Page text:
- Ganglia Monitoring For Sysadmins
- Wikis, Books, Magazines
- Academic Papers on Ganglia
- Slideshows, Talks and Presentations on Ganglia
- Plugin Repositories
- Report and Modular Graph Documentation
- Other Complimentary Applications
- Other Similar Applications
- Google Summer of Code
- Deploying Ganglia
Ganglia Monitoring For Sysadmins
|gmond||The ganglia monitoring daemon (gmond) is a lightweight service that is installed on every machine you'd like to monitor. This daemon uses a simple listen/announce protocol via XDR to collect monitoring state and then shares this information via XML over TCP. Gmond is portable and collects dozens of system metrics: CPU, memory, disk, network and process data.|
|gmetad||The ganglia meta daemon (gmetad) is a service that collects data from other gmetad and gmond sources and stores their state to disk in indexed round-robin databases. Gmetad provides a simple query mechanism for collecting specific information about groups of machines. Gmetad supports hierarchical delegation for creating manageable monitoring domains.|
|gmetric||The ganglia metric tool is a commandline application that you can use to inject custom made metrics about hosts that are being monitored by ganglia. It has the ability to spoof messages as coming from a different host in case you want to capture and report metrics from a device where you don't have gmond running (like a network or other embedded device).|
|gstat||The ganglia stat tool is a commandline application that you can use to query a gmond for metric information directly.|
|web||The ganglia web frontend expresses the data stored by gmetad in a graphical web interface using PHP.|
Ganglia Execution Environment
Ganglia can do more than just monitoring too! GEXEC is a scalable cluster remote execution system which provides fast, RSA authenticated remote execution of parallel and distributed jobs. It provides transparent forwarding of stdin, stdout, stderr, and signals to and from remote processes, provides local environment propagation, and is designed to be robust and to scale to systems over thousands of nodes.
In addition, with authd authentication from RocketCalc, allows SSH to sit on top of GEXEC allowing better performance and easier maintenance than SSH alone.
You can also embed ganglia into your favorite application using embedded gmetric. This project adds a simple embedded version of gmetric that sends ganglia compatible packets. Right now the C/C++ version only supports unicast. The pure-python version supports unicast and multicast. An alternative solution is to use a scripted interface to libganglia and therefore generate metrics from your own scripted application as suggested by Ganglia::Gmetric for perl applications or to use libganglia directly from your application.
If you can't integrate your application with ganglia to generate metrics and your only option is to parse its logs, you might be interested on ganglia logtailer.
The following applications had already an integration hook for ganglia :
Wikis, Books, Magazines
There is a great ganglia Wiki on the IBM website. This wiki has great information about running ganglia in IBM platforms (including AIX) and a very graphic description of how the ganglia architecture works.
The book The Linux Enterprise Cluster: Build a Highly Available Cluster with Commodity Hardware and Free Software by Karl Kopper from No Starch Press has a nice chapter on installing and configuring ganglia.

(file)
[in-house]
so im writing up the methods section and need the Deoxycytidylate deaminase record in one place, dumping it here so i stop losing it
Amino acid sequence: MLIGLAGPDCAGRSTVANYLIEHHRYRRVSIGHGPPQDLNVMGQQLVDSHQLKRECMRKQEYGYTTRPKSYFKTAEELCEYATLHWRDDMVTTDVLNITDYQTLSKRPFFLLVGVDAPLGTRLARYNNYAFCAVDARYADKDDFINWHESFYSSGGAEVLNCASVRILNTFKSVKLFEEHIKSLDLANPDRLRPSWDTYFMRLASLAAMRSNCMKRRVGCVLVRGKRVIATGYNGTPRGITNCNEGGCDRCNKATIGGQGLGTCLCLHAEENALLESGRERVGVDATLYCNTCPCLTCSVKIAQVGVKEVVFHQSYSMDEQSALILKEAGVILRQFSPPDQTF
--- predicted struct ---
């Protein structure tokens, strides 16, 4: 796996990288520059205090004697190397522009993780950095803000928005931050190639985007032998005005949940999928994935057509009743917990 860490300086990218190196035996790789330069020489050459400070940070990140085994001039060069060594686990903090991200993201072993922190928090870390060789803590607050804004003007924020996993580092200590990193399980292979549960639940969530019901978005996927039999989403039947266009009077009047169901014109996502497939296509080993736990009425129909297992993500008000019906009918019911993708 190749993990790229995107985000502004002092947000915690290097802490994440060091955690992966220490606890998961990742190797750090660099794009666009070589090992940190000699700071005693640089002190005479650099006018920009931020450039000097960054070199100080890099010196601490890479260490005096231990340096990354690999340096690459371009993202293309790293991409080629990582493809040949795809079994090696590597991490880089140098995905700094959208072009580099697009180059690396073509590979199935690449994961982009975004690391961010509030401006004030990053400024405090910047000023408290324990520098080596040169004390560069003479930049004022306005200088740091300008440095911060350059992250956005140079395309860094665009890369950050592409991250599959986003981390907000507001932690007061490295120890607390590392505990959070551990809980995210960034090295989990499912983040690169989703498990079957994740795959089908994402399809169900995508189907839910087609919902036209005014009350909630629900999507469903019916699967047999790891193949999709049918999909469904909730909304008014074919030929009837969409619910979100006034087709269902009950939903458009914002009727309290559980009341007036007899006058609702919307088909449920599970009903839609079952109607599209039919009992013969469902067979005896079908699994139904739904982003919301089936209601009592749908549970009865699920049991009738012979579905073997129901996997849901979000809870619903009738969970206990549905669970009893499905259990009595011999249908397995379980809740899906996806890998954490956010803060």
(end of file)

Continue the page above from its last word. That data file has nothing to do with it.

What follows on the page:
The Grid2 by Ian Foster and Carl Kesselman has basic information about ganglia including screenshots and explanation of how it related to the overall Grid ecosystem.
The August 2003 edition of Linux Magazine published an article on ganglia in their Extreme Linux section.
Jesse Becker wrote an article for Linux Magazine titled Marching Penguins: Monitoring Your HPC Cluster which was published on September 3rd, 2008.
Academic Papers on Ganglia
The Ganglia Distributed Monitoring System: Design, Implementation, and Experience.
Matthew L. Massie, Brent N. Chun, and David E. Culler.
Parallel Computing, Vol. 30, Issue 7, July 2004.
Wide Area Cluster Monitoring with Ganglia
Federico Sacerdoti, Mason Katz, Matt Massie, David E. Culler.
IEEE Cluster 2003 Conference, Hong Kong. December 2003.
Slideshows, Talks and Presentations on Ganglia
Using the CIM statistical model to monitor your data
Presentation given at Management Developers Conference 2007 by Brad Nicholes
Monitoring Your Data Center using Ganglia
Presentation given at ApacheCon 2007 by Brad Nicholes
Brooks Davis (a ganglia developer) was invited to speak on TechTV about FreeBSD clusters. During the 6 minute segment, he was kind enough to plug ganglia and demonstrate the web interface.
We are currently hosting three plugin repositories at GitHub:
- Gmetric: http://github.com/ganglia/gmetric
- Gmond Python DSO metric modules: http://github.com/ganglia/gmond_python_modules
- Other Ganglia contributions: http://github.com/ganglia/ganglia_contrib
The deprecated repository of user-contributed gmetric scripts can still be found at http://ganglia.sourceforge.net/gmetric/ (most of the scripts have already been imported to the Gmetric repository mentioned above).
Report and Modular Graph Documentation
Documentation on using the new (as of 3.1.x) modular graph code.
Other Complimentary Applications
Most other monitoring solutions with the following probably worth a mention as they are usually found alongside ganglia deployments :
Other Similar Applications
Similar in some ways to ganglia and worth some consideration if for whatever reason ganglia doesn't fit the bill for you :
Google Summer of Code
- Using Chef https://github.com/gchef/ganglia-cookbook